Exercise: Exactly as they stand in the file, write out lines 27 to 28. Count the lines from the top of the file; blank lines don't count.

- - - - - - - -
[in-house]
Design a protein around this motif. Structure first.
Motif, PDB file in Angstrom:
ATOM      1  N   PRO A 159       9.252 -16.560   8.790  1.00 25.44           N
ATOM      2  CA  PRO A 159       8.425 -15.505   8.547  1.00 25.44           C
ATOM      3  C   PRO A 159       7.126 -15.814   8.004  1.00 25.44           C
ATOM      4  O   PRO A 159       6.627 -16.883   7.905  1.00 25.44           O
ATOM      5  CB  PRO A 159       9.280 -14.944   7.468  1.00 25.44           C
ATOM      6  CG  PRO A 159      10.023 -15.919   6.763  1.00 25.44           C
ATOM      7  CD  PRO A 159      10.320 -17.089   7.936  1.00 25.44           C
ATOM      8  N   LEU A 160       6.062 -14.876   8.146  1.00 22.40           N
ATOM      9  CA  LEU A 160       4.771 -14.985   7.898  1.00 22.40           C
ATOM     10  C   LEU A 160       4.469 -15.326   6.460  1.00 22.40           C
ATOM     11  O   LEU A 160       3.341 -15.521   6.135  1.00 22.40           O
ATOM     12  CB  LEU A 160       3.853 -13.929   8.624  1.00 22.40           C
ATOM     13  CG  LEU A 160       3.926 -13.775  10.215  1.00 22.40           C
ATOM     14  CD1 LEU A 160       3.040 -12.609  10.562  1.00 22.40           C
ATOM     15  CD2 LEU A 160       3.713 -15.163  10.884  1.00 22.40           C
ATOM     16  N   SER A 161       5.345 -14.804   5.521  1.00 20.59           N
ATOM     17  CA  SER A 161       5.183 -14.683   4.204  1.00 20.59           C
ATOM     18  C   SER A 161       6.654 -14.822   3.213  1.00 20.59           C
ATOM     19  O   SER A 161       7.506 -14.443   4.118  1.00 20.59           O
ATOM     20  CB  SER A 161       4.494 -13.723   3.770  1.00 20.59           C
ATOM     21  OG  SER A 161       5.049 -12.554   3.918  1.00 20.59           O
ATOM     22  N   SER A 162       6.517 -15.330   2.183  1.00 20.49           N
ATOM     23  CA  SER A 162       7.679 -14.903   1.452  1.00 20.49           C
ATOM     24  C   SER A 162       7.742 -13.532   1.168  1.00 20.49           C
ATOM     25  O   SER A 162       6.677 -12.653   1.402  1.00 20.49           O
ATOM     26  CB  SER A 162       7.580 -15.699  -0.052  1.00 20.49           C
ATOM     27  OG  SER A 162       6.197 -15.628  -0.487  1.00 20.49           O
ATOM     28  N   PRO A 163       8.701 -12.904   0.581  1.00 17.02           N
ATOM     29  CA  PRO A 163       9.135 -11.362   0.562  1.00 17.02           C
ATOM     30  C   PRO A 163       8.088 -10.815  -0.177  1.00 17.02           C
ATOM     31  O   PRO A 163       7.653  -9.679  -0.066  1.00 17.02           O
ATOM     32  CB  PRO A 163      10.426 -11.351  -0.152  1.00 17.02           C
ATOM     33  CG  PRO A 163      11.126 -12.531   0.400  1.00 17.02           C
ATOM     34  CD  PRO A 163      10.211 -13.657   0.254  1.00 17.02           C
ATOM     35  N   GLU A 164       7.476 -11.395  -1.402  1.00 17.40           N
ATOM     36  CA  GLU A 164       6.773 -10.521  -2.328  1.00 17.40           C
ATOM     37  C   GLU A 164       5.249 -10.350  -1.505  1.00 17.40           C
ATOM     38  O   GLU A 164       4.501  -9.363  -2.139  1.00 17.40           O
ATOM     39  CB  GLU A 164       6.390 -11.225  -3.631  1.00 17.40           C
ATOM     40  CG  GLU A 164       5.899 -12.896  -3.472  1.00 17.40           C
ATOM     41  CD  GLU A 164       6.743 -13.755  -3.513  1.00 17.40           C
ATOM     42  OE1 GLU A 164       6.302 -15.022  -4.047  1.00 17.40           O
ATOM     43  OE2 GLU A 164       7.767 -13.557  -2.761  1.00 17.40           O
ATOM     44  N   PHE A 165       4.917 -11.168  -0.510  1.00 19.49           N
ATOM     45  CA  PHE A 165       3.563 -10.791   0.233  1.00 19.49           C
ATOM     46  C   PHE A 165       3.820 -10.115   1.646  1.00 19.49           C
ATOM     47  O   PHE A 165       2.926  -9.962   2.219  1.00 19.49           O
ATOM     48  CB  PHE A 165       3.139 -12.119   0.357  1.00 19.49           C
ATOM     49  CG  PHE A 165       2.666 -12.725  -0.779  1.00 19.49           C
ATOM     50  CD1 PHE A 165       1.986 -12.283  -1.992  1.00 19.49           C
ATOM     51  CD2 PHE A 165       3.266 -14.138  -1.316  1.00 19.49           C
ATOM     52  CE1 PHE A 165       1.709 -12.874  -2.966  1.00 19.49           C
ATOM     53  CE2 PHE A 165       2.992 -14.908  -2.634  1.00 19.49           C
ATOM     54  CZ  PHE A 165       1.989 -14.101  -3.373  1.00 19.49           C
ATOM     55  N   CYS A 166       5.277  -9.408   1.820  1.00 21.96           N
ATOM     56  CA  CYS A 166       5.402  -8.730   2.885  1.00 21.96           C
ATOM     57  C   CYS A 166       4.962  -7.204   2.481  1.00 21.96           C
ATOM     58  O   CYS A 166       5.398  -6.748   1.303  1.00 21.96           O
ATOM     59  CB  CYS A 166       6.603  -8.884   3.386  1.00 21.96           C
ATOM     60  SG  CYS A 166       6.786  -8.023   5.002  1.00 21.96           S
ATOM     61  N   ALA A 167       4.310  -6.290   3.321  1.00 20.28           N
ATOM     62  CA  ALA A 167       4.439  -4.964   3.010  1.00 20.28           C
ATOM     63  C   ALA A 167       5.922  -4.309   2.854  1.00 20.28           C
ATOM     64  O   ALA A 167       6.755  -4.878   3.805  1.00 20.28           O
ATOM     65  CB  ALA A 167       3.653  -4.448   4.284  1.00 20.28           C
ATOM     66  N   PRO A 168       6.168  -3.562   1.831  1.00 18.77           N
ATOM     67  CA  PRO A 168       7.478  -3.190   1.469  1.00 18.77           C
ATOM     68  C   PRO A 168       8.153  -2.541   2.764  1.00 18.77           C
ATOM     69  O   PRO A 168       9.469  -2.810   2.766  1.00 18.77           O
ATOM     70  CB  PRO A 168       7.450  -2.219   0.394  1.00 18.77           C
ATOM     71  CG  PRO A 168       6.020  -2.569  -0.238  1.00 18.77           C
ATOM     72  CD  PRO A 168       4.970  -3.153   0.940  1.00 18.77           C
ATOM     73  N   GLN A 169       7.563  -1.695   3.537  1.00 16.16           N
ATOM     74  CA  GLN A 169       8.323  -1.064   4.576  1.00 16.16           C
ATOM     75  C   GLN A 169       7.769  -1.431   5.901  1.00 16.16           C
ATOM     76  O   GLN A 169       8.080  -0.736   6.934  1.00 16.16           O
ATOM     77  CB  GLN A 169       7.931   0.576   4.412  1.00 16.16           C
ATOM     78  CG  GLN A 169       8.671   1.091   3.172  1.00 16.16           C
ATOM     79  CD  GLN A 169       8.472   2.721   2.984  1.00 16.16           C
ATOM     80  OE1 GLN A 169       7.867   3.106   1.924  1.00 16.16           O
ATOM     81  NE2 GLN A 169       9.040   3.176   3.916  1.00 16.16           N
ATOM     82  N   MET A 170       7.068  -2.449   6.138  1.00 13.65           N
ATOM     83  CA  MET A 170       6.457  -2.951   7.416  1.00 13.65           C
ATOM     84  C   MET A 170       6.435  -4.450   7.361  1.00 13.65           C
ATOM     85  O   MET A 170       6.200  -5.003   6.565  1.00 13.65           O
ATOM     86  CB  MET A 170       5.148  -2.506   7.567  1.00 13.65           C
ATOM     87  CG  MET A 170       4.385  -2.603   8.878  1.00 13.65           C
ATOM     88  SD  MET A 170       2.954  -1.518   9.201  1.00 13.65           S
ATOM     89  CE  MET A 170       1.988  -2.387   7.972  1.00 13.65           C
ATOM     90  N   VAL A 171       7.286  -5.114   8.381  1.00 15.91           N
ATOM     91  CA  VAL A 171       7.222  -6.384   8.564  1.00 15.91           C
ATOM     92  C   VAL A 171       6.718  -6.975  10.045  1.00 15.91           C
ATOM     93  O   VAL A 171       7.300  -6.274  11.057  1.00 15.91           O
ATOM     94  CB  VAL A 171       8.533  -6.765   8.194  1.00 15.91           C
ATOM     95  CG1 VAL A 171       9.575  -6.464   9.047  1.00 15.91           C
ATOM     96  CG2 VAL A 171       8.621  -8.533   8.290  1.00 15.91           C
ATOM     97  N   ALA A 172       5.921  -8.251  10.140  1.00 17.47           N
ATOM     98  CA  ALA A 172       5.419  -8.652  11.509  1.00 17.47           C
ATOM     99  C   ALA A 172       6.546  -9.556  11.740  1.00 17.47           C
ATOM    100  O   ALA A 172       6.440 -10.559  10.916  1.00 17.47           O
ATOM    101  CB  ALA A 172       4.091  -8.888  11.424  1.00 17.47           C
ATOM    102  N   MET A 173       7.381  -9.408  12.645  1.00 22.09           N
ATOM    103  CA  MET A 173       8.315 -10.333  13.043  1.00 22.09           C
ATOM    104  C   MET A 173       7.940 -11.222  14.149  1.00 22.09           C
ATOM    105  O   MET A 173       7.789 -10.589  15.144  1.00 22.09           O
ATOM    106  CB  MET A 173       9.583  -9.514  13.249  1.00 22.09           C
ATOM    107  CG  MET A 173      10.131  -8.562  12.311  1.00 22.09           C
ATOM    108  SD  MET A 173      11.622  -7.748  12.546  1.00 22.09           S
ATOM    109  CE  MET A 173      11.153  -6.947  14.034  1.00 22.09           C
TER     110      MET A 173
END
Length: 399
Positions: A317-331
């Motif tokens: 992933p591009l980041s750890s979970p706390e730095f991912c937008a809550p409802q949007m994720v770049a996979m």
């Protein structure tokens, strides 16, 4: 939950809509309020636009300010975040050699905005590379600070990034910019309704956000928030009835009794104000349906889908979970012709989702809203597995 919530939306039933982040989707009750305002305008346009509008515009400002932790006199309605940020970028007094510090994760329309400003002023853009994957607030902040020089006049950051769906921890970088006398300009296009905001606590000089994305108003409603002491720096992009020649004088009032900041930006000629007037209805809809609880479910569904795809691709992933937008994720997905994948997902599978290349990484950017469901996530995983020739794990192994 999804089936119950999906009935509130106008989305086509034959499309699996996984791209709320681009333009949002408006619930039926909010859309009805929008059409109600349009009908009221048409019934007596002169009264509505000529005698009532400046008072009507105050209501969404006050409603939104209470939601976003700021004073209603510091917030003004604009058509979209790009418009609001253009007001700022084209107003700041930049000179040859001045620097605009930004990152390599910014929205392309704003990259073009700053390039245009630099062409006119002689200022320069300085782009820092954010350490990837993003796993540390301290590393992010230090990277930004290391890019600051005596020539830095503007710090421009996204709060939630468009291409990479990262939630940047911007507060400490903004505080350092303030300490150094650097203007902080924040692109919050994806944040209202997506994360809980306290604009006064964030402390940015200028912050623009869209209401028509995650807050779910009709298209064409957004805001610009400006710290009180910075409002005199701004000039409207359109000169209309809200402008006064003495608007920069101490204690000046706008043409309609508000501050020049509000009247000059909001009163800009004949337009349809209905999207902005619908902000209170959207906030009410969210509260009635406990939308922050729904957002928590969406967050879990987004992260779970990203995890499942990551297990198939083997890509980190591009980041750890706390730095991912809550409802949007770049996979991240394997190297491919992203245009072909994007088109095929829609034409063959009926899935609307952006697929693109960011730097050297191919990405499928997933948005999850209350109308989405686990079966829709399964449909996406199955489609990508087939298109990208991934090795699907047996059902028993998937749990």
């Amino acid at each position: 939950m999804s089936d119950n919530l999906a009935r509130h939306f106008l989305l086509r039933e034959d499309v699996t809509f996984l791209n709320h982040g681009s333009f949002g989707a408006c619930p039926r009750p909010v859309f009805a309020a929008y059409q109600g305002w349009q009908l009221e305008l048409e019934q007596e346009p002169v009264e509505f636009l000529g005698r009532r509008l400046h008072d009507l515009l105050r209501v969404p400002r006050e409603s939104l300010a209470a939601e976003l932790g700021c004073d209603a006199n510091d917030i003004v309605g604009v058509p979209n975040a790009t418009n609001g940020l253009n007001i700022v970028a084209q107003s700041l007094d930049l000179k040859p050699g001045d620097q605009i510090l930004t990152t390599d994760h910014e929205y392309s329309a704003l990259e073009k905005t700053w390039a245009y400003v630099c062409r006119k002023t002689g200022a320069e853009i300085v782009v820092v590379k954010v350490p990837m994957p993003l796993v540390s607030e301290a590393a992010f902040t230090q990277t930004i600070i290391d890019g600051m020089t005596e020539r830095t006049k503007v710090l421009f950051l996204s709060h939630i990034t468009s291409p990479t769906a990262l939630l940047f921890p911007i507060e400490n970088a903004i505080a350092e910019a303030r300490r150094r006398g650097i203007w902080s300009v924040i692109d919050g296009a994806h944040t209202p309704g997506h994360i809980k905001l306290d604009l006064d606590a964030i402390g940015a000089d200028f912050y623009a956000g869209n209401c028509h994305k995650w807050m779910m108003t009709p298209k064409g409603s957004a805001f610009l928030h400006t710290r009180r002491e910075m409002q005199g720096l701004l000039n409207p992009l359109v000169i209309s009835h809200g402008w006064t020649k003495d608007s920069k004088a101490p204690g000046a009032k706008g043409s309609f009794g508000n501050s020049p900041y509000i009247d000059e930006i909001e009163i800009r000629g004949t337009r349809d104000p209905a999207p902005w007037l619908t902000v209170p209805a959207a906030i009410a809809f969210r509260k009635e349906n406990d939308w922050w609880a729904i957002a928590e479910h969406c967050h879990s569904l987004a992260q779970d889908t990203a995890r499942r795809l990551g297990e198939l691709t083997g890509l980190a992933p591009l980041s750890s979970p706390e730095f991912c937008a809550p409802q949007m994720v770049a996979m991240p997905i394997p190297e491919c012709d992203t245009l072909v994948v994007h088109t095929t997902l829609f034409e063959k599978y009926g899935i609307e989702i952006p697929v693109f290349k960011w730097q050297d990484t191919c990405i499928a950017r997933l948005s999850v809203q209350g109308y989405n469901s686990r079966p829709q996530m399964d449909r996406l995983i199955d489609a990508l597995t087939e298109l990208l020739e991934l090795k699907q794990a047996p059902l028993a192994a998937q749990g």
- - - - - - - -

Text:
ATOM     24  C   SER A 162       7.742 -13.532   1.168  1.00 20.49           C
ATOM     25  O   SER A 162       6.677 -12.653   1.402  1.00 20.49           O